At block 210, A(TL(q) may be compared with a second database FI(A(S)). The second database, FI(A(S)), is essentially the same as database FI(S), with the exception that the attribute (e.g. name) data is also abstracted using the phonetic abstraction process used at block 208. That is, the database FI(A(S)) may have a records with a common name, e.g. “London”, one or more phonetic names, and one or more spatial representations of all cataloged locations having that common name. This allows matching the abstracted query term to be fuzzy matched with an abstracted name of a geographic spatial region. The output of block 210, referred to as an Approximate Match Record, may be combined with the Approximate Match Record output of block 216 and sent to block 218.

At block 218, the resulting list of AMRs contributed by both blocks 210 and 216 may be ordered using one or more measures of textual affinity, including machine translation probabilities and edit distance scores returned by the fuzzy lookups performed in blocks 210 and 216. In one embodiment, the measures applied to the abstracted lookup AMRs from block 216 may be weighted slightly lower than the other AMRs. The output of block 218 may be a list of candidate matches that have some measure of spatial affinity with the original query token or tokens. For example, the common name or names associated with the overlapping spatial region or regions may be selected and these candidate matches may then be passed to a more definitive geographic matching tool. The latter tool may provide a more concise list of possible matches back to a requesting entity, such as a user or geographic information system (GIS).

The actual process of computing and representing the geographic footprints of query tokens is discussed in more detail in co-pending application “FAST APPROXIMATE SPATIAL REPRESENTATIONS FOR INFORMAL RETRIEVAL,” filed on the same day as this application with attorney docket number 30835/323326.

The use of the Approximate Match Records to complete a geo-reference search is discussed in co-pending U.S. patent application Ser. No. 11/831,939, filed Jul. 31, 2007, with the title, “Generalized Location Identification,” which is hereby incorporated by reference.

Referring to FIG. 3, the use of spatial constraints to resolve ambiguities in abstracted search tokens is discussed. In the above example, there were many possible interpretations for the English candidate transliterations of the Arabic location query. For the sake of illustration, two abstracted tokens for each query token are illustrated. Query token 302, may provide a transliterated, abstracted, fuzzy-matched result of Lindon 308 and London 312. Query token 304 may provide a transliterated, abstracted, fuzzy-matched result of Ridbridge 310 and Redbridge 318. Query token 306 may provide a transliterated, abstracted, fuzzy-matched result of Palmer Road 316 and Balmerod 314.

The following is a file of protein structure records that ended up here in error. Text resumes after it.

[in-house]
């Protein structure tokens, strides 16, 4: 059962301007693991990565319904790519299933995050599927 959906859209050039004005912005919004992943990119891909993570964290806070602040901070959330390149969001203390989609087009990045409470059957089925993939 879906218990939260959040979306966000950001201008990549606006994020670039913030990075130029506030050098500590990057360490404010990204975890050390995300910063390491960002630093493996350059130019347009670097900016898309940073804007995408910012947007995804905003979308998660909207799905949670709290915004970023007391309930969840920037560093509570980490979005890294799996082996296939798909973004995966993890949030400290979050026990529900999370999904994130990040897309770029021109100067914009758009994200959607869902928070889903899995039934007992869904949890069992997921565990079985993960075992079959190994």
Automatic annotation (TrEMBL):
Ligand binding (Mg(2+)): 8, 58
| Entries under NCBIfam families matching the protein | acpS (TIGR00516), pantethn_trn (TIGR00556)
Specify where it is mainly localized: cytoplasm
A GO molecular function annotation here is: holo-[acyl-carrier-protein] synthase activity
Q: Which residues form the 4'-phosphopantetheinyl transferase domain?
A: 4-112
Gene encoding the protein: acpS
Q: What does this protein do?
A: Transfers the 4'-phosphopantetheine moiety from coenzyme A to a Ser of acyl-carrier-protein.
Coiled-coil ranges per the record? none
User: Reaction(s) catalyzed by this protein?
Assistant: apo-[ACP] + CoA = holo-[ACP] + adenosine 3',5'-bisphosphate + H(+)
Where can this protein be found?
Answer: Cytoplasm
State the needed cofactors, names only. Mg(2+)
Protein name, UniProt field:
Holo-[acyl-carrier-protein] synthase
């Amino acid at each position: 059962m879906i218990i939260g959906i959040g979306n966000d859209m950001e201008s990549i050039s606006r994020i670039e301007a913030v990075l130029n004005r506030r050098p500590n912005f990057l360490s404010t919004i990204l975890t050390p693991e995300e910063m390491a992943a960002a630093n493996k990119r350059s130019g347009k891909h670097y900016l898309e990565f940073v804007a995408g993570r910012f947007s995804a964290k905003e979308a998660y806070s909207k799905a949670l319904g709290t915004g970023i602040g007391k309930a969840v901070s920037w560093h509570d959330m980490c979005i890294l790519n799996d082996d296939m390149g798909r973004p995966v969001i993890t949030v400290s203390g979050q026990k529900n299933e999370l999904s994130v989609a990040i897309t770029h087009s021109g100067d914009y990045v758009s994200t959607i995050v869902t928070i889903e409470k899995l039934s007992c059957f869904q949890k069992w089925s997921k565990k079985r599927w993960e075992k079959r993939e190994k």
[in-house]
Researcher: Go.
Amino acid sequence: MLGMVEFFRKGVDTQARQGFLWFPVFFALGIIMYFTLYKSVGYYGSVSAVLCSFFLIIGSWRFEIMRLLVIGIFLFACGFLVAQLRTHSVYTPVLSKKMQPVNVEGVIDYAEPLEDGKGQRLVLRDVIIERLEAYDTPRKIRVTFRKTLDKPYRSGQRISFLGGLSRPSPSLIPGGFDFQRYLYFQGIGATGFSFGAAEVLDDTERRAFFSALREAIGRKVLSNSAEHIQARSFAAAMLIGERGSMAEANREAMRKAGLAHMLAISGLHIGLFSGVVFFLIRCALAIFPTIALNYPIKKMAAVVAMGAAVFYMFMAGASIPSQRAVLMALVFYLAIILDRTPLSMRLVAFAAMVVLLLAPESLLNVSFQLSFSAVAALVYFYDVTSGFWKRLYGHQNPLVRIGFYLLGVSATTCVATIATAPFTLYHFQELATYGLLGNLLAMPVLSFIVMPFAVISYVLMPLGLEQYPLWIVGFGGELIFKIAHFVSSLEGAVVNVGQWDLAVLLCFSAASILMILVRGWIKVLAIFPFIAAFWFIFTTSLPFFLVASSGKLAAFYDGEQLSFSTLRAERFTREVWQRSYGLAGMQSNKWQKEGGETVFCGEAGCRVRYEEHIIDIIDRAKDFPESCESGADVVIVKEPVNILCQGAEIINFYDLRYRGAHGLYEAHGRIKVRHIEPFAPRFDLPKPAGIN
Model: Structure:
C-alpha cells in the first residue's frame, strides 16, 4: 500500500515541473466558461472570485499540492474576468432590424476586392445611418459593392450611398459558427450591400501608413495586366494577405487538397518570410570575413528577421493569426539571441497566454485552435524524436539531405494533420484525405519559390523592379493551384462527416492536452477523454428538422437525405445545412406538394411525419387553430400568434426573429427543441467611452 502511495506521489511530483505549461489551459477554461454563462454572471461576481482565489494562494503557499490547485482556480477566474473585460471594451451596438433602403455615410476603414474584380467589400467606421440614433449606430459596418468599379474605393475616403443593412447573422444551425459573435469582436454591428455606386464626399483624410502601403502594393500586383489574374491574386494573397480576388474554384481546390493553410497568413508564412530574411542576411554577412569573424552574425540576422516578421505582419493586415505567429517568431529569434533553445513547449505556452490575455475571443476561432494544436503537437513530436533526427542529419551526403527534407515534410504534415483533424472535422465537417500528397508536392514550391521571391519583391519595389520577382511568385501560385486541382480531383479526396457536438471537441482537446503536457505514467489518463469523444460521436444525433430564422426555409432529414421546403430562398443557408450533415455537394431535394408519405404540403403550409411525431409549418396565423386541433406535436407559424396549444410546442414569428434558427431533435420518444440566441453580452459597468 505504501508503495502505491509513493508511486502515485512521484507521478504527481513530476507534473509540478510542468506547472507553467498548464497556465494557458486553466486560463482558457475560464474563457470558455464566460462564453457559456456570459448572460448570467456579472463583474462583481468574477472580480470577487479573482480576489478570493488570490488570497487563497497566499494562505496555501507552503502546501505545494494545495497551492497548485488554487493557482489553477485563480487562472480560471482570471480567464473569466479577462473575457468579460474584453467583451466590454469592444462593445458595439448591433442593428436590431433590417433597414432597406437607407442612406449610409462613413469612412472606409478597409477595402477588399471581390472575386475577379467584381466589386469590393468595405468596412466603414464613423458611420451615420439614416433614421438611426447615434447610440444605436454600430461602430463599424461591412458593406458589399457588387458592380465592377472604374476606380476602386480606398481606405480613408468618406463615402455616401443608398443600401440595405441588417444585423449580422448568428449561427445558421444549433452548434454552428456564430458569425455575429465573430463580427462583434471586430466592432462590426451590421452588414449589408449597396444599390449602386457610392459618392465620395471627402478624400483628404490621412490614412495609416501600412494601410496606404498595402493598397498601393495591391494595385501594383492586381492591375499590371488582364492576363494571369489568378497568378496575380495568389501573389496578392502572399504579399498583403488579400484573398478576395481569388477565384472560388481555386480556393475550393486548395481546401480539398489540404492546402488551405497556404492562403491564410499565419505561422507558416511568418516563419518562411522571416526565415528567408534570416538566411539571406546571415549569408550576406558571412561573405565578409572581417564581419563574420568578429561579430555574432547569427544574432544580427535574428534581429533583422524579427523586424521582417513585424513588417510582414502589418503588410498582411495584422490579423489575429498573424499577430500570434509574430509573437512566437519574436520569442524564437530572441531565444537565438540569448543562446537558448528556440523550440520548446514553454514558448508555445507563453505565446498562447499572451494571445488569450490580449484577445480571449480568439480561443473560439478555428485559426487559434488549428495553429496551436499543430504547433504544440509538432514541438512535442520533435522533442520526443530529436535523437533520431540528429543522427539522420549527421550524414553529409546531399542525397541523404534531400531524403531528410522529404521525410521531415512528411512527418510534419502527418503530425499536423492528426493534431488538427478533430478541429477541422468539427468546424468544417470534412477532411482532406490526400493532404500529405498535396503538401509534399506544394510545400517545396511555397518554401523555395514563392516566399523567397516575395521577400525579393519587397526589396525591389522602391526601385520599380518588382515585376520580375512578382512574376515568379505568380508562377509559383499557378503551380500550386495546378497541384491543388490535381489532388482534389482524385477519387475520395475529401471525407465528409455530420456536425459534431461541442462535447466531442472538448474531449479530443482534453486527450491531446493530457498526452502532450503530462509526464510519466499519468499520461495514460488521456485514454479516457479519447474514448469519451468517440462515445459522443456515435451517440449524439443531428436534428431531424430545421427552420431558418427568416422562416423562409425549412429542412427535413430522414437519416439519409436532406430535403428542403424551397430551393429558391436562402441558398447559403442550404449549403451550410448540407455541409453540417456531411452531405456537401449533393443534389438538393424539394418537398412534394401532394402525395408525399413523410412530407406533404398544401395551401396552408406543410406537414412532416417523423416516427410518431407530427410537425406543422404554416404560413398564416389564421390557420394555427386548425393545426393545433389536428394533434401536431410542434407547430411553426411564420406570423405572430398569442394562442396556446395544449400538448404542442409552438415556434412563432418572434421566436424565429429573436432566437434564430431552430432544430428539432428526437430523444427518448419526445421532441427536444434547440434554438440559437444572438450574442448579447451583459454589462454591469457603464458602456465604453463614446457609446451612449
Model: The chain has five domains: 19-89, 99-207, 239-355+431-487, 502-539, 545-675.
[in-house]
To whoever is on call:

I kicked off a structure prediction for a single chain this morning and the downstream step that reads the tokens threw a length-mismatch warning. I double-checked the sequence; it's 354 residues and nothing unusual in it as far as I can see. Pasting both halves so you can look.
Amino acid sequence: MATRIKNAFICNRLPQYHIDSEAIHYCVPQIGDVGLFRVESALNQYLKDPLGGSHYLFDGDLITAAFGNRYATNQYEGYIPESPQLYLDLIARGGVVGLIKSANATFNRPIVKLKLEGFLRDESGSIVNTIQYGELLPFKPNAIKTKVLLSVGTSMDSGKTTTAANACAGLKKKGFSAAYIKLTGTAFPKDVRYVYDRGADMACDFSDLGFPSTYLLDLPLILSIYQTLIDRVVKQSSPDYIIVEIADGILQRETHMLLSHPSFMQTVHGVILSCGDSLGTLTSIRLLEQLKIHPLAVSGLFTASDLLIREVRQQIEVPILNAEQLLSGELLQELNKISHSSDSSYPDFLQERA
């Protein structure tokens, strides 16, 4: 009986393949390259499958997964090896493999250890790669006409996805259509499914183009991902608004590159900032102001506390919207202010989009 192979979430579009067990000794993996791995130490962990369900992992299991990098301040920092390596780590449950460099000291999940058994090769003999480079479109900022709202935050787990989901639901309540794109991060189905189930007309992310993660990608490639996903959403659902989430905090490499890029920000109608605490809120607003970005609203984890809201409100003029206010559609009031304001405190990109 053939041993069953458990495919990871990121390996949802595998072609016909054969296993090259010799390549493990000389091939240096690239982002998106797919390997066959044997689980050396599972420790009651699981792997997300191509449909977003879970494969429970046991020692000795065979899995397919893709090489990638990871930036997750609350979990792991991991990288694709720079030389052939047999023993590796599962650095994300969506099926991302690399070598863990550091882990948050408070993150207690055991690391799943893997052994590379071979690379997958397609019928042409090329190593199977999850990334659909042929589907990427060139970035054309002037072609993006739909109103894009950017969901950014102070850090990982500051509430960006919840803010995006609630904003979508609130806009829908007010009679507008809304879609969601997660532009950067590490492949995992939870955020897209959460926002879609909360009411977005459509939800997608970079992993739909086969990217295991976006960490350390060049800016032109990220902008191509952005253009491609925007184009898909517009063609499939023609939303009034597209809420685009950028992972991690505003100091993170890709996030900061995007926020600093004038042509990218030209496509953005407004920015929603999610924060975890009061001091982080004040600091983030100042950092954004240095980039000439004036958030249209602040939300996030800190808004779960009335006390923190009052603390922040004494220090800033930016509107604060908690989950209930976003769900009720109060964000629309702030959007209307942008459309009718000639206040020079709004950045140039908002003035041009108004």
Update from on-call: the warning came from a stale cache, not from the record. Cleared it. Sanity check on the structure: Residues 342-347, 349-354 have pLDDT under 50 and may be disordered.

However, of these, only the sets of entities that spatially overlap, London 312, Redbridge 318 and Palmer Road 316 are plausible candidates. Thus, the fact that three particular entities named “Palmer Road”, “Redbridge”, and “London” (in the U.K.) all spatially overlap, gives a powerful reason to pick this interpretation from all possible interpretations of the query. Moreover, the region of overlap 320 (the gray region in the figure) of these three entities defines the geometric scope of the result.

The use of a combination of translation, transliteration, and fuzzy phonetic lookup provides tokens useful for presentation to a geographic spatial matching tool. The binary tree classification for geographic regions and extremely fast matching process afforded by such a classification system (as described in the co-pending application referenced above) allows practical, timely, cross-lingual searches for map locations and points of interest. As discussed above, the sheer number of possible combinations of translation or transliteration make current techniques impractical or impossible for widespread use. As disclosed above, the ability to perform searches in one language on a geographic database in another language opens a number of mapping applications to a worldwide audience for which such tools were not practically available. Similarly, providers of geographic data can open new markets for GIS applications, paid search, and sponsored searches without tedious and expensive translation of massive geographic databases.

Although the foregoing text sets forth a detailed description of numerous different embodiments of the invention, it should be understood that the scope of the invention is defined by the words of the claims set forth at the end of this patent. The detailed description is to be construed as exemplary only and does not describe every possibly embodiment of the invention because describing every possible embodiment would be impractical, if not impossible. Numerous alternative embodiments could be implemented, using either current technology or technology developed after the filing date of this patent, which would still fall within the scope of the claims defining the invention.

Thus, many modifications and variations may be made in the techniques and structures described and illustrated herein without departing from the spirit and scope of the present invention. Accordingly, it should be understood that the methods and apparatus described herein are illustrative only and are not limiting upon the scope of the invention.